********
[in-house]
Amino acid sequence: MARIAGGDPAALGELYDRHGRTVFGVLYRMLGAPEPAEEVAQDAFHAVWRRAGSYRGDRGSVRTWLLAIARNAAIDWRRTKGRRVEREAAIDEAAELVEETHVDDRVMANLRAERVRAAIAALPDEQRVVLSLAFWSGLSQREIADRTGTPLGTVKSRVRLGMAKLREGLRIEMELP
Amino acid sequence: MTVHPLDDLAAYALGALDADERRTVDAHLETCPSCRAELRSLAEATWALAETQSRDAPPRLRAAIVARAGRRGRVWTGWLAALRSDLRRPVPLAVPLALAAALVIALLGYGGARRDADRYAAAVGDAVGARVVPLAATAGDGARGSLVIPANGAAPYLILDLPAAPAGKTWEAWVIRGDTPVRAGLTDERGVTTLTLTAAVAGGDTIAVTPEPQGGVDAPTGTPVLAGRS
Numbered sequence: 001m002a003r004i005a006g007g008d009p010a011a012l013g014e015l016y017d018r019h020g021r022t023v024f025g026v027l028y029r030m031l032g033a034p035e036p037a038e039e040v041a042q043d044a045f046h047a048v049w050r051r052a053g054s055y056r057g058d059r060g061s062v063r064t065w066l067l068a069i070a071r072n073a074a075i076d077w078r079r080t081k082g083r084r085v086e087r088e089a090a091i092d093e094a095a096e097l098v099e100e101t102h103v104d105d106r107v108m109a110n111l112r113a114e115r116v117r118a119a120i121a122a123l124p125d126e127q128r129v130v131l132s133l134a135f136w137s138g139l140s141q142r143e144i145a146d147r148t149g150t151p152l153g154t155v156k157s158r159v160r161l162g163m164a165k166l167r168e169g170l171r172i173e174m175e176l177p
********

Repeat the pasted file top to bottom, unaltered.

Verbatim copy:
[in-house]
Amino acid sequence: MARIAGGDPAALGELYDRHGRTVFGVLYRMLGAPEPAEEVAQDAFHAVWRRAGSYRGDRGSVRTWLLAIARNAAIDWRRTKGRRVEREAAIDEAAELVEETHVDDRVMANLRAERVRAAIAALPDEQRVVLSLAFWSGLSQREIADRTGTPLGTVKSRVRLGMAKLREGLRIEMELP
Amino acid sequence: MTVHPLDDLAAYALGALDADERRTVDAHLETCPSCRAELRSLAEATWALAETQSRDAPPRLRAAIVARAGRRGRVWTGWLAALRSDLRRPVPLAVPLALAAALVIALLGYGGARRDADRYAAAVGDAVGARVVPLAATAGDGARGSLVIPANGAAPYLILDLPAAPAGKTWEAWVIRGDTPVRAGLTDERGVTTLTLTAAVAGGDTIAVTPEPQGGVDAPTGTPVLAGRS
Numbered sequence: 001m002a003r004i005a006g007g008d009p010a011a012l013g014e015l016y017d018r019h020g021r022t023v024f025g026v027l028y029r030m031l032g033a034p035e036p037a038e039e040v041a042q043d044a045f046h047a048v049w050r051r052a053g054s055y056r057g058d059r060g061s062v063r064t065w066l067l068a069i070a071r072n073a074a075i076d077w078r079r080t081k082g083r084r085v086e087r088e089a090a091i092d093e094a095a096e097l098v099e100e101t102h103v104d105d106r107v108m109a110n111l112r113a114e115r116v117r118a119a120i121a122a123l124p125d126e127q128r129v130v131l132s133l134a135f136w137s138g139l140s141q142r143e144i145a146d147r148t149g150t151p152l153g154t155v156k157s158r159v160r161l162g163m164a165k166l167r168e169g170l171r172i173e174m175e176l177p